Editorials

Long term follow-up of extremely preterm neonates

BMJ 2012; 345 doi: http://dx.doi.org/10.1136/bmj.e8252 (Published 04 December 2012) Cite this as: BMJ 2012;345:e8252
  1. Floris Groenendaal, associate professor of neonatology1,
  2. Cuno Uiterwaal, associate professor of clinical epidemiology2
  1. 1Wilhelmina Children’s Hospital, University Medical Centre Utrecht, Utrecht, Netherlands
  2. 2Julius Center for Health Sciences and Primary Care, University Medical Centre Utrecht, Netherlands
  1. C.S.P.M.Uiterwaal{at}umcutrecht.nl

Good outcomes data are needed now more than ever

Cohort studies have been used to investigate morbidity and mortality in preterm neonates since the early days of neonatal intensive care and have shown adverse sequelae in many of those who survive.1 Such studies have identified many perinatal risk factors that affect outcome. This has improved quality of care and led to a decrease in the incidence and severity of cerebral palsy in preterm neonates.2 Studies of children followed up into puberty identified risks of abnormalities in psychological development and behaviour associated with preterm birth that were not detectable at younger ages.3 Advances in neonatal intensive care in the 1990s mean that neonates who are born as early as 22-23 weeks’ gestational age are now offered active treatment. Two linked research papers from the EPICure 2 study (doi:10.1136/bmj.e7976 and doi:10.1136/bmj.e7961) look at trends in mortality and long term morbidity in this highly vulnerable group.4 5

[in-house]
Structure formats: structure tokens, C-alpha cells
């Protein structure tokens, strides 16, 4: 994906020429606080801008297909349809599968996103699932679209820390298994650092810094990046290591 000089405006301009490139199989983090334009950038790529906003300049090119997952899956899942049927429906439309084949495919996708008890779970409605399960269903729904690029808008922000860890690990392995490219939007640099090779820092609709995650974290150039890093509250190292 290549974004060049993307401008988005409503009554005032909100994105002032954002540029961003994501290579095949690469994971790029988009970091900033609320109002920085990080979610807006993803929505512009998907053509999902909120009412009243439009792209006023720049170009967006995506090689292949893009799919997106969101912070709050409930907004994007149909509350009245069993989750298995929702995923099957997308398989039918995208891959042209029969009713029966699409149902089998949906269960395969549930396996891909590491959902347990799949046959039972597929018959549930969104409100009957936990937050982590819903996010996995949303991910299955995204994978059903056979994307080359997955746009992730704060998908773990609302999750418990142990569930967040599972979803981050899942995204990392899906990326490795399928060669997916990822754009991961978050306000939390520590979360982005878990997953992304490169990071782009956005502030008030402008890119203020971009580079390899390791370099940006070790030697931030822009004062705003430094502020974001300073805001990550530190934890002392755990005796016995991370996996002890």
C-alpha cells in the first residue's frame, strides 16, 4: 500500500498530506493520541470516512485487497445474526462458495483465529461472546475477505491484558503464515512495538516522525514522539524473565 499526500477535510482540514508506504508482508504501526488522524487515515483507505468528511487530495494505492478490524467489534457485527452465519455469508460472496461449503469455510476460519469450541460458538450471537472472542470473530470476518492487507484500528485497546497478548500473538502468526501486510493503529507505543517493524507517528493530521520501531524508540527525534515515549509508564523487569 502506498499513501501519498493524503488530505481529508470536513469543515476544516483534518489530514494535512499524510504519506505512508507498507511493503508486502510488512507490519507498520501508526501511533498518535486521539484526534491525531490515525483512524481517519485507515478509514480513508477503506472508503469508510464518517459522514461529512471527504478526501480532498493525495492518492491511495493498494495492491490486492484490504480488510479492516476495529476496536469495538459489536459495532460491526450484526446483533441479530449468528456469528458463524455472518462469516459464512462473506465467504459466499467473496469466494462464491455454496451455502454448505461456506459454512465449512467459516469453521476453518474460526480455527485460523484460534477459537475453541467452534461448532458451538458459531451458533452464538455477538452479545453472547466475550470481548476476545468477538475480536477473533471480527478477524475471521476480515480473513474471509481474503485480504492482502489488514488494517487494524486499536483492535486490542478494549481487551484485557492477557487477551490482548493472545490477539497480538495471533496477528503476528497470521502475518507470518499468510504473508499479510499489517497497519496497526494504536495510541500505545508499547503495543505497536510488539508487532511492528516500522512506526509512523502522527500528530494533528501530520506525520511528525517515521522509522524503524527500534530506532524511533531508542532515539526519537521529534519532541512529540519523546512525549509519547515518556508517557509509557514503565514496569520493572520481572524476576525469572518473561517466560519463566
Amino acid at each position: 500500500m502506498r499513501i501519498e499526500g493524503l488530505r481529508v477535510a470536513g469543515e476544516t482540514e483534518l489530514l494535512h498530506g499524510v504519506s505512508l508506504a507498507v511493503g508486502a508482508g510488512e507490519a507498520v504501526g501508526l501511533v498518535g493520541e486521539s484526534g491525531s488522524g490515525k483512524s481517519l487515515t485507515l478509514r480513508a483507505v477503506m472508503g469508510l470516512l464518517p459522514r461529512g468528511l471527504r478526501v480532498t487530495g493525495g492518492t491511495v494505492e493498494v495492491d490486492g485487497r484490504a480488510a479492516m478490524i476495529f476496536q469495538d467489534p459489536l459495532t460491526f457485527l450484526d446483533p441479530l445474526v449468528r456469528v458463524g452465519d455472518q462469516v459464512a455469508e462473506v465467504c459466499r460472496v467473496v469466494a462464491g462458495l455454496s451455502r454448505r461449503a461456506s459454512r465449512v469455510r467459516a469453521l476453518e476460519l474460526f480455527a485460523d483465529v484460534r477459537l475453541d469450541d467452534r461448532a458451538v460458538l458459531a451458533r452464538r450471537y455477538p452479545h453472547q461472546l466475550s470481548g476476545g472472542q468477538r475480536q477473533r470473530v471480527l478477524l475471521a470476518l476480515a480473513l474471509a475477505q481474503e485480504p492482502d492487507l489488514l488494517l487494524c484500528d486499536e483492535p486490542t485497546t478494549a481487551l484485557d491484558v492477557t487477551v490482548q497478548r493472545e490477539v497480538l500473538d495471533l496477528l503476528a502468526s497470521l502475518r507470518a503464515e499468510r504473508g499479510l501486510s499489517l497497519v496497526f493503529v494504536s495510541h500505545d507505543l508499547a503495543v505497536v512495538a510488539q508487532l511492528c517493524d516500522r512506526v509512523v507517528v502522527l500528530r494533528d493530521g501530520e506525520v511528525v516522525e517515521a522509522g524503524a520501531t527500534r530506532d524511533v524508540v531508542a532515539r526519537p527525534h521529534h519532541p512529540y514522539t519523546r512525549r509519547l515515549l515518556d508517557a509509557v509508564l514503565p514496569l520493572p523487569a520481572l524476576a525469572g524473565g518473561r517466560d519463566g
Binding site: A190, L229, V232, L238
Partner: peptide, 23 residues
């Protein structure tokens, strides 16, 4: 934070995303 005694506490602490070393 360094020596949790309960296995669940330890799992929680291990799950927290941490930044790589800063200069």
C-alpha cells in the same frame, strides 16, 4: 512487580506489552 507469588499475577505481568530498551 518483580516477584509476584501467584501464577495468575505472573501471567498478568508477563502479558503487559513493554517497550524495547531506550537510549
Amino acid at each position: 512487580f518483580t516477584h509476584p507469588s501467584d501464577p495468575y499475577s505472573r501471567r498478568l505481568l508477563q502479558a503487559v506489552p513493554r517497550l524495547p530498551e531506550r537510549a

Costeloe and colleagues report on survival and neonatal morbidity for babies born at 22-26 weeks’ gestation in England during 2006 and assess changes in …

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